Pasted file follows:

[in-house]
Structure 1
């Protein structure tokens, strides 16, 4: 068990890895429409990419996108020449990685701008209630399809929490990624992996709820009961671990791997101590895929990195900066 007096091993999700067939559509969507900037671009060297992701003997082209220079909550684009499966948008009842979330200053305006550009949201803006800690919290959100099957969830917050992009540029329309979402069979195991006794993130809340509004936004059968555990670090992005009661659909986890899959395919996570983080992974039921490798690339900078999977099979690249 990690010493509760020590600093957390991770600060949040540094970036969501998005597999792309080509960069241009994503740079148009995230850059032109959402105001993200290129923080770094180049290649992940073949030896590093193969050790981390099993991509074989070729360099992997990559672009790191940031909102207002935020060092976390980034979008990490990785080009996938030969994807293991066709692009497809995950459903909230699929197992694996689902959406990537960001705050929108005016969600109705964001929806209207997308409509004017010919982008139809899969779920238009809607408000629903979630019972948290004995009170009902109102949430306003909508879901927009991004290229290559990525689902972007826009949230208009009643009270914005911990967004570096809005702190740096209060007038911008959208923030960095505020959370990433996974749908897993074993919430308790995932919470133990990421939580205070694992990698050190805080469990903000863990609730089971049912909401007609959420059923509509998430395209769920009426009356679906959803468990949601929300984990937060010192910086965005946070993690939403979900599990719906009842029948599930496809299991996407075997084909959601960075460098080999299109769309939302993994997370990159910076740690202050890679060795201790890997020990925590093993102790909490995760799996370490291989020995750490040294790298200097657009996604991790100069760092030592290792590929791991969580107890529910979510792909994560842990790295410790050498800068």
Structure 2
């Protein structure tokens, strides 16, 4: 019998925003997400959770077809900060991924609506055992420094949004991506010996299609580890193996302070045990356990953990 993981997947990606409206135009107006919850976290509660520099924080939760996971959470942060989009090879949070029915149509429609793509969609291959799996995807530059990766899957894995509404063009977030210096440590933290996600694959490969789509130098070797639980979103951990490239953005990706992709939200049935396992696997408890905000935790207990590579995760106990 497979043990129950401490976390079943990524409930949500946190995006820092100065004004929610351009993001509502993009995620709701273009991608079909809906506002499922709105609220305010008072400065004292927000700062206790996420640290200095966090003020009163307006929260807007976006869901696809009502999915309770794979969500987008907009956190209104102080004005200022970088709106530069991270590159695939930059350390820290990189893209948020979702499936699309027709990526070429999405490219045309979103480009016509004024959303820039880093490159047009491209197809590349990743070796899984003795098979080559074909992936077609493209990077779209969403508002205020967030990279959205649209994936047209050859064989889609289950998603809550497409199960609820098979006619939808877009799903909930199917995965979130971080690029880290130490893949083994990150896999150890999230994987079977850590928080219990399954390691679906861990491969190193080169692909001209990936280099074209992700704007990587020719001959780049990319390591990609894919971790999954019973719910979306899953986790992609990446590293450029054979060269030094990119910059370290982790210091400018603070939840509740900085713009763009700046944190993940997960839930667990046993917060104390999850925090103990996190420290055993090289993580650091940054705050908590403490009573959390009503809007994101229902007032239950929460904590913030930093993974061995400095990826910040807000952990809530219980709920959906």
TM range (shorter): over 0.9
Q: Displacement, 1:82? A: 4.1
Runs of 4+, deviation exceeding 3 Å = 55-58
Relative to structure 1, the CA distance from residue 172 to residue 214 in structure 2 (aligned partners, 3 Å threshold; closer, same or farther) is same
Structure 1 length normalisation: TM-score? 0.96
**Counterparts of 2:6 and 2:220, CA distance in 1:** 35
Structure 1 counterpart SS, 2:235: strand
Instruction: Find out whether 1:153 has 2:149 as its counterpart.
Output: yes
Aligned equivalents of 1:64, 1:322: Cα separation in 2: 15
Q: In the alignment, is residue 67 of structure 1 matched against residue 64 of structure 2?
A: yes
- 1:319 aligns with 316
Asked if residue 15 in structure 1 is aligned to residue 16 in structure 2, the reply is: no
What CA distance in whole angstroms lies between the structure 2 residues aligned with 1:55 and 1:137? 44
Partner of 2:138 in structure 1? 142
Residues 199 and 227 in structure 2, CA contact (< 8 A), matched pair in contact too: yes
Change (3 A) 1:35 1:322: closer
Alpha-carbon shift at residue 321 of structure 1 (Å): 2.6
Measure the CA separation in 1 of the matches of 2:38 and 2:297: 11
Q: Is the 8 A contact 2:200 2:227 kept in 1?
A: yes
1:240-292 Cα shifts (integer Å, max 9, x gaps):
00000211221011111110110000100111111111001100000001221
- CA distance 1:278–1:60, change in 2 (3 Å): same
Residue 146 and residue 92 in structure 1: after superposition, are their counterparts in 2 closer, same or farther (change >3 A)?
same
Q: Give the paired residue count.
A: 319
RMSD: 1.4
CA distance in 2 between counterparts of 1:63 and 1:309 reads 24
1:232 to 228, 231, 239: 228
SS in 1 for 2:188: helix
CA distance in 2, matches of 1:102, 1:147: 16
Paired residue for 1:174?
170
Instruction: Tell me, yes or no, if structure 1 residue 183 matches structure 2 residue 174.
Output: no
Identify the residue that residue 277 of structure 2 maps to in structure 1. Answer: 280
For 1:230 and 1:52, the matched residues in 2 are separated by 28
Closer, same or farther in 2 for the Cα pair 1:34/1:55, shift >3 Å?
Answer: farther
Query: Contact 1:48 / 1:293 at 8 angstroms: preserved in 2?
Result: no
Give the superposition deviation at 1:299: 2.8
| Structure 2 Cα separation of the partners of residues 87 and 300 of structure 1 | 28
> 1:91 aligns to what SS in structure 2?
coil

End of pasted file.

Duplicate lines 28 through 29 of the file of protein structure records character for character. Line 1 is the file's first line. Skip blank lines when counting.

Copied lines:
1:240-292 Cα shifts (integer Å, max 9, x gaps):
00000211221011111110110000100111111111001100000001221